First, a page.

April 1849-December 1849

The Collected Letters, Volume 24


TC TO JOHN CHILDS; 1 May 1849; DOI: 10.1215/lt-18490501-TC-JCHI-01; CL 24: 39-40


Chelsea, 1 May, 1849—

My dear Sir,

Thanks for the Letters, for the Tracts;1 I now return you Mr Drane's,2 lest it fall aside here. He seems a serious clear-sighted whole-hearted man,—sitting in the middle of a “religious world” fallen altogether as ruinous as other kinds of “worlds” are; waiting, all of them, for the broom of the scavenger!

Do not lose the Repeal Paper, for I have no other copy. The second article of the Spectator, that about “Irish Regiments,”3 I must also for a like reason beg you to take care of. I know not whether it would suit your Public at all; it is very foreign indeed to the English Public altogether just now; but the notion contained in it will have to grow familiar, I believe,—and will have to introduce itself as practice (not without difficulty, I can see!) into all Irish, and also all Scotch and all English and all European affairs, if this quagmire of an existence is ever to become firm land for us again! Really I am sick of all this Ballot-boxing and Parliamentary and other oratory; and wish, greatly, the wiser (wherever they find themselves) would take practical command of the foolisher (who are amazingly plentiful, and discoverable everywhere just now), and guide them a little; which is the grand aim and end of all ballot-boxing, electioning and other social arrangement whatsoever!— Alas, all this is a good way off yet: nevertheless we shall perhaps see it begun in our time; and that will be an achievement for our poor babbling time: once begun, it will not end for five centuries, I think; not till it has made the whole world really new.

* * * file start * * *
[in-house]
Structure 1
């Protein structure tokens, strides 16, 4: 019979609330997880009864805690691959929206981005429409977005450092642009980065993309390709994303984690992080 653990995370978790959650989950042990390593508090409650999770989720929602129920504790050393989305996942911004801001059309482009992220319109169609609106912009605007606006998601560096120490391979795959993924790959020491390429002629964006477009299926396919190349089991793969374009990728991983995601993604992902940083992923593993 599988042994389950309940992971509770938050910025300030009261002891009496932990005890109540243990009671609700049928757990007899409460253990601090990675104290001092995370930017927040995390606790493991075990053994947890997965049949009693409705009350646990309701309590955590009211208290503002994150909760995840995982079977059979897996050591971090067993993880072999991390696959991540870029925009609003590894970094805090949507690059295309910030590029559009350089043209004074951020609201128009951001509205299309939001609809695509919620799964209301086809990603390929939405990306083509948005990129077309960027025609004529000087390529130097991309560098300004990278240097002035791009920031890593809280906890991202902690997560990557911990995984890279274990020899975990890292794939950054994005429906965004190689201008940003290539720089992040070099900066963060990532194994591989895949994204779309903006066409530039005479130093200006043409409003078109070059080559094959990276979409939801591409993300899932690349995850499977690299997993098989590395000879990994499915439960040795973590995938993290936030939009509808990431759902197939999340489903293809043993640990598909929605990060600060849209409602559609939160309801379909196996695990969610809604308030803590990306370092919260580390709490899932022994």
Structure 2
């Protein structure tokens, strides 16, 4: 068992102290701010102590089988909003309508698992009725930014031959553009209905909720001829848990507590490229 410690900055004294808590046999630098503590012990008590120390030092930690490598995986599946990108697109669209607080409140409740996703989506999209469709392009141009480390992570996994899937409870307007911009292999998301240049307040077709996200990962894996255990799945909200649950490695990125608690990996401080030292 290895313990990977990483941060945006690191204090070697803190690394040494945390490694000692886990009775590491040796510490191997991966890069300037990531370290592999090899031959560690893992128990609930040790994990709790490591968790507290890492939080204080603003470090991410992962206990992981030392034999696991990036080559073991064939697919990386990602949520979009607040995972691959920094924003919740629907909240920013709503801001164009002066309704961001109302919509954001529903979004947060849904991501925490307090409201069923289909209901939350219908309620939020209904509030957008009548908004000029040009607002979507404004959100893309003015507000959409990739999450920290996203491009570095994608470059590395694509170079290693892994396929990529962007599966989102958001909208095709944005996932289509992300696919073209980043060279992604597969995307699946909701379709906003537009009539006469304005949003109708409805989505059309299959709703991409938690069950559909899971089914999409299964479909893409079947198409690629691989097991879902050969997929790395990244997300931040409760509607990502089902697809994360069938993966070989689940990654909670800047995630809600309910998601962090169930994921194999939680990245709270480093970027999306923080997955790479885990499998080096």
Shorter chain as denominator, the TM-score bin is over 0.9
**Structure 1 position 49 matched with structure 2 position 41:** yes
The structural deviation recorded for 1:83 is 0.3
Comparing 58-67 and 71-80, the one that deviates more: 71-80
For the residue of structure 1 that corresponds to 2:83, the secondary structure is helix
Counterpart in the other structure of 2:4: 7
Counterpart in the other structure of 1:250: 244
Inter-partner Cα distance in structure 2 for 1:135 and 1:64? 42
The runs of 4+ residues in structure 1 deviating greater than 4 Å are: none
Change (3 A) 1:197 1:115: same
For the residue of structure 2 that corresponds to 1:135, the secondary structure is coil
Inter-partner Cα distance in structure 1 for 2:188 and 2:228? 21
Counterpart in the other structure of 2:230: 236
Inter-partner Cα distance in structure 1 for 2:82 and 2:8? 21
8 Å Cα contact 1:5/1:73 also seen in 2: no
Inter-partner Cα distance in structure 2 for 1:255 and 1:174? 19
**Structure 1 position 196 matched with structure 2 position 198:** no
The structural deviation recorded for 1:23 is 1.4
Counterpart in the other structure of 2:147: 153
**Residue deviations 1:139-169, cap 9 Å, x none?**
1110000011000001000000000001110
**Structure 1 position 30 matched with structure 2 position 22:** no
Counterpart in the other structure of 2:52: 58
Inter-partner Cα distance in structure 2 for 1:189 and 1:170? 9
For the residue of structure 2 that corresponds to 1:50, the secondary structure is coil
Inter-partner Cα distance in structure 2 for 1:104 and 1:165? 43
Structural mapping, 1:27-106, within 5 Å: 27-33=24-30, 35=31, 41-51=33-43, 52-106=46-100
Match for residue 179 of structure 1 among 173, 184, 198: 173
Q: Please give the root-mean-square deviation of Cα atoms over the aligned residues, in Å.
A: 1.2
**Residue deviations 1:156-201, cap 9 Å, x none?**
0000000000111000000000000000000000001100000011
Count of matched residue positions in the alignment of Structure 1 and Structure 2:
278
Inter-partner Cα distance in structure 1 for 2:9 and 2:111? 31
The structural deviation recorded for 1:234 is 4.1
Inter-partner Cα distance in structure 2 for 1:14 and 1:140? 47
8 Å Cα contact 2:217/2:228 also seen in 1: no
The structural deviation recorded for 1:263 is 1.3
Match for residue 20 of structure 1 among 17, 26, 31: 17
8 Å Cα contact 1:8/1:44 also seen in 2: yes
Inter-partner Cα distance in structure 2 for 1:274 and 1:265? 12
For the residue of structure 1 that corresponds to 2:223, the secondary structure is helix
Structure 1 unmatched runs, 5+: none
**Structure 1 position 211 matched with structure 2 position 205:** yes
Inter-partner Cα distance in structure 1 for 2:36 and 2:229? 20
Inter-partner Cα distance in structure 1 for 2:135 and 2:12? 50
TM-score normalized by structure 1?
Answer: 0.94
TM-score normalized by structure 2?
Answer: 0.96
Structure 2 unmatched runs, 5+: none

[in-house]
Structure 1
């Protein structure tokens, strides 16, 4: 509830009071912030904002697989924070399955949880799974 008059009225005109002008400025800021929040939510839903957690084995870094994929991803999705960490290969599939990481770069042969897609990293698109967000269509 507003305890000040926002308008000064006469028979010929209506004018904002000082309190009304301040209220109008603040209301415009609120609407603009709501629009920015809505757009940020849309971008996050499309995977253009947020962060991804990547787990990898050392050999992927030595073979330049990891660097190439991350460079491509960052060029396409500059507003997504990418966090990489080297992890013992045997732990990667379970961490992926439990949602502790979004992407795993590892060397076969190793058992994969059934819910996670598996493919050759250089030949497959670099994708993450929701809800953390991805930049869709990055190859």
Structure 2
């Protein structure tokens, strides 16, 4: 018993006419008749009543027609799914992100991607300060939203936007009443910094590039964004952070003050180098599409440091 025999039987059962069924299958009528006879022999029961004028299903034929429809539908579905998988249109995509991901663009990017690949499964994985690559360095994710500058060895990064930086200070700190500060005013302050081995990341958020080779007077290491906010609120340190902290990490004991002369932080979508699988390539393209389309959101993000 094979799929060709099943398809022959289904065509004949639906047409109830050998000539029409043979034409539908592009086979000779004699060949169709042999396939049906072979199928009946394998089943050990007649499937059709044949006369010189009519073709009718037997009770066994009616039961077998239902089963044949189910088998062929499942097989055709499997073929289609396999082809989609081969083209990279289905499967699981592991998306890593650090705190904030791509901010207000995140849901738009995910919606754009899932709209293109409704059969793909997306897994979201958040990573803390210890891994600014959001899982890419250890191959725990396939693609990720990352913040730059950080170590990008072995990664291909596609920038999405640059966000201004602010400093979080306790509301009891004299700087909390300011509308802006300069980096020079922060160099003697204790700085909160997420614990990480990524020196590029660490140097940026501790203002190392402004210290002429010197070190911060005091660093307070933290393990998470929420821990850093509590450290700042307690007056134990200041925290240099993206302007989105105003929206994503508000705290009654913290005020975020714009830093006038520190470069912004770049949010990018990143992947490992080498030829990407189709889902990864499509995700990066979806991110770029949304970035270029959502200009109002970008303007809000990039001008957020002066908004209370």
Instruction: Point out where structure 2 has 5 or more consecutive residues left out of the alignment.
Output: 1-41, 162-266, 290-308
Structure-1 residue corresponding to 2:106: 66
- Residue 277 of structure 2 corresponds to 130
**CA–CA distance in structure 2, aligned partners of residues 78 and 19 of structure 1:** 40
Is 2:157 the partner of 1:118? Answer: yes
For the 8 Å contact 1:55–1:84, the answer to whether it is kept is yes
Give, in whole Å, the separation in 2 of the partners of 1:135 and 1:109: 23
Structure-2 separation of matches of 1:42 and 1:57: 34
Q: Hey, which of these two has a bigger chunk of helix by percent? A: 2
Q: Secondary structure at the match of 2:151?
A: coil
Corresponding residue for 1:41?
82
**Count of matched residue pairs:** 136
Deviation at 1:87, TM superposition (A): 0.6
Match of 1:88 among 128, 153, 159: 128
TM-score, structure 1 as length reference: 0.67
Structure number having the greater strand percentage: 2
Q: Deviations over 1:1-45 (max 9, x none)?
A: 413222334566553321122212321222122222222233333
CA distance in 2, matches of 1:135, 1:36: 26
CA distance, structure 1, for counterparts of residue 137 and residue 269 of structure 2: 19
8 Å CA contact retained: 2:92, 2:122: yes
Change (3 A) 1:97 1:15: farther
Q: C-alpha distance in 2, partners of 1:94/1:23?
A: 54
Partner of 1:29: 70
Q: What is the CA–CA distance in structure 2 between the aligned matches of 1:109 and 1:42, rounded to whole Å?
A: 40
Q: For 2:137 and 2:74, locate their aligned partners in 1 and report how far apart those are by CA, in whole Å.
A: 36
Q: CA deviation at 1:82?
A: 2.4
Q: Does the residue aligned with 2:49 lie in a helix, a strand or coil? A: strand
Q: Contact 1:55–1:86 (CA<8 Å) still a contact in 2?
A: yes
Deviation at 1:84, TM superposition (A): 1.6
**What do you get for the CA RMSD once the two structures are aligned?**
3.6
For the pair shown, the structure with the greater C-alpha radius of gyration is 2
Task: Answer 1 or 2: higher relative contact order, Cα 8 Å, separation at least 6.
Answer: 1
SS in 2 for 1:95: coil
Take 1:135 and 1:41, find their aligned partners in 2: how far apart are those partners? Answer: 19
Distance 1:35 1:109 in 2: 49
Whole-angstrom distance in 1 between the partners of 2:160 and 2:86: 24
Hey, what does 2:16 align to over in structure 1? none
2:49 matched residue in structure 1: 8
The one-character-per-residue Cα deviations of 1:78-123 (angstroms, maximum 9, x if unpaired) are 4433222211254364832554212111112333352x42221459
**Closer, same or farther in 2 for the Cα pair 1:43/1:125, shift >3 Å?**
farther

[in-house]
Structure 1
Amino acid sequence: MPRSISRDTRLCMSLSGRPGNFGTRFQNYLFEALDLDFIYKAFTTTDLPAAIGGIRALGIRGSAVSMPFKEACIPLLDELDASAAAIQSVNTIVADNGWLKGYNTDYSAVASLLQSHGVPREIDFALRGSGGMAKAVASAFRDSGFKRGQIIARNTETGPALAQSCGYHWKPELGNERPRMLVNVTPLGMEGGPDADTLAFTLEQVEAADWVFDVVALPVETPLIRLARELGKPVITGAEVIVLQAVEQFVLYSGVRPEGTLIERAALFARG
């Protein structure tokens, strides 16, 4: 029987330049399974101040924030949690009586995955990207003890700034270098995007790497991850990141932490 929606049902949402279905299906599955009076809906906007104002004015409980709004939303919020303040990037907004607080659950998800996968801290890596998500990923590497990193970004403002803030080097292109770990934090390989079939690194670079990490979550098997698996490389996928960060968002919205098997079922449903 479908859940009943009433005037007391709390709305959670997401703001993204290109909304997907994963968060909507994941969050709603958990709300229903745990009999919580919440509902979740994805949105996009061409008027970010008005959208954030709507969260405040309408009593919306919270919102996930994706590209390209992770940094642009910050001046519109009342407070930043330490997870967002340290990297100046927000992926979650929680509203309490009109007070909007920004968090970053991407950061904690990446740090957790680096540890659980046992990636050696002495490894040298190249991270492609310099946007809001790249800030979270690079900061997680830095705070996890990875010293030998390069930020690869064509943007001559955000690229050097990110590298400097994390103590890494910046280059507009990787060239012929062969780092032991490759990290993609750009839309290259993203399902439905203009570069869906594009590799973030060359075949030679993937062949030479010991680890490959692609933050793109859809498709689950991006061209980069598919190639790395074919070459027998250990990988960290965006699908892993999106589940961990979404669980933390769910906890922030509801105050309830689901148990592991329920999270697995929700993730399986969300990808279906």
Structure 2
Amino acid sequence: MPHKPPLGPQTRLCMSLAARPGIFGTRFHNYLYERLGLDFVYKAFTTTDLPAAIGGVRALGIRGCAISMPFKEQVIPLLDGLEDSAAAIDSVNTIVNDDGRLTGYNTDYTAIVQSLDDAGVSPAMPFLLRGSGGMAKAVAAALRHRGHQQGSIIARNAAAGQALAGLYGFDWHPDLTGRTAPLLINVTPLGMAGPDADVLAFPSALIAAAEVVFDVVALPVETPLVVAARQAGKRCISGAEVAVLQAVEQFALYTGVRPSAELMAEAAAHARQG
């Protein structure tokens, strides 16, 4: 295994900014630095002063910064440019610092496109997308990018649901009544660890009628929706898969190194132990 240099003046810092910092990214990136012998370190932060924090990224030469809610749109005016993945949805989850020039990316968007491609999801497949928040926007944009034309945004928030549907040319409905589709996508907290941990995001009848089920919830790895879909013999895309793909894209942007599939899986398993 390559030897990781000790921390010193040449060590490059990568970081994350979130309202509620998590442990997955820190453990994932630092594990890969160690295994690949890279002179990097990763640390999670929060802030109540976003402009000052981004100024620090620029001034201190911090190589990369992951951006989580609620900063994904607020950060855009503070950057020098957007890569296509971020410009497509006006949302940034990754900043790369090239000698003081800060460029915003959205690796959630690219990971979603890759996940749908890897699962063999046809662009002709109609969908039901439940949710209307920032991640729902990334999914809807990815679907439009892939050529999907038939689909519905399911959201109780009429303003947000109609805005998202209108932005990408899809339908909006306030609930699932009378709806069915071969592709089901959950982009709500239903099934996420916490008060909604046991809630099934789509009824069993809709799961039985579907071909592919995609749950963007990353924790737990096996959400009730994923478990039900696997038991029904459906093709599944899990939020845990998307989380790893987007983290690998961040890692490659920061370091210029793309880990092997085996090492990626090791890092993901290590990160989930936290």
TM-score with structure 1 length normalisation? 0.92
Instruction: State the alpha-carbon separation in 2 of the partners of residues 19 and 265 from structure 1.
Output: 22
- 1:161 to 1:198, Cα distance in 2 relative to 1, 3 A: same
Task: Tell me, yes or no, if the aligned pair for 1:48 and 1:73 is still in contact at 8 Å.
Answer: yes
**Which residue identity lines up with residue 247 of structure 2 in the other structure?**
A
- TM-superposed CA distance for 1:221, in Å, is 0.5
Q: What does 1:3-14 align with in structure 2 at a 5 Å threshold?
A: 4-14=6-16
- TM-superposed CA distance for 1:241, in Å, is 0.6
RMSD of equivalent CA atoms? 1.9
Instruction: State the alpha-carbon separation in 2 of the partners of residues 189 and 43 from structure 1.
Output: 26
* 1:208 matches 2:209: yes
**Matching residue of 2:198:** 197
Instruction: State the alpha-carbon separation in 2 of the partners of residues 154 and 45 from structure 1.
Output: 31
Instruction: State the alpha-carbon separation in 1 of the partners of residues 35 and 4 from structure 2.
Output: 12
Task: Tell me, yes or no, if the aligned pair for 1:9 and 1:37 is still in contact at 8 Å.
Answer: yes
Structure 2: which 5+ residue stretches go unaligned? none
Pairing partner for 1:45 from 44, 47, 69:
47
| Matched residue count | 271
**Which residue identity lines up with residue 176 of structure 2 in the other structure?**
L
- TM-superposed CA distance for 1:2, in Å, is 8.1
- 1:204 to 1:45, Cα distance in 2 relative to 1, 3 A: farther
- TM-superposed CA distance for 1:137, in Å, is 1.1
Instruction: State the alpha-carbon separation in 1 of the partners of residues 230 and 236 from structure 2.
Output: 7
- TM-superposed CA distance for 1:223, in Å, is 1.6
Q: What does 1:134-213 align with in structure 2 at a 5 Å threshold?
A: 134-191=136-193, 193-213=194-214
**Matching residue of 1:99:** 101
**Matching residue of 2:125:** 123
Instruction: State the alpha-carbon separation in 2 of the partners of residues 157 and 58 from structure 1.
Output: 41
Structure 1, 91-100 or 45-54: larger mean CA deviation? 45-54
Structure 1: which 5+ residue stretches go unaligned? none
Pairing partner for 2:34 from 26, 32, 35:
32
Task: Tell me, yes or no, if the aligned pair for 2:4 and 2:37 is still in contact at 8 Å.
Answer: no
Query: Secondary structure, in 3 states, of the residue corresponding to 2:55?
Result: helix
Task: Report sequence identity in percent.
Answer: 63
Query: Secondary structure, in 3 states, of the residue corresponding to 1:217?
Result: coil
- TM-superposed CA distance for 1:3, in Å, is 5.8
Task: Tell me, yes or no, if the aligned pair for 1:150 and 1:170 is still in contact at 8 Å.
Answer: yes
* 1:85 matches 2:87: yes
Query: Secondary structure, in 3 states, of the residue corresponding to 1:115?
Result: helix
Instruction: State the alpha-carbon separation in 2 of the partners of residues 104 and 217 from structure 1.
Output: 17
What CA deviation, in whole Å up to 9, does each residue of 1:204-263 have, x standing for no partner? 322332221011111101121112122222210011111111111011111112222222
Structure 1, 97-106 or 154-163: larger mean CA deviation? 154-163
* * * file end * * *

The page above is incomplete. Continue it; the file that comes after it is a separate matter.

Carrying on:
In this No of Fraser's Magazine, you will find a word on “Indian Meal”; which I wish all manner of corn-merchants &c &c would take thought of, and begin to act upon.

Yours always truly /

T. Carlyle

A few more of the Examiner Papers, please:4 I have now only one left,—none to give away.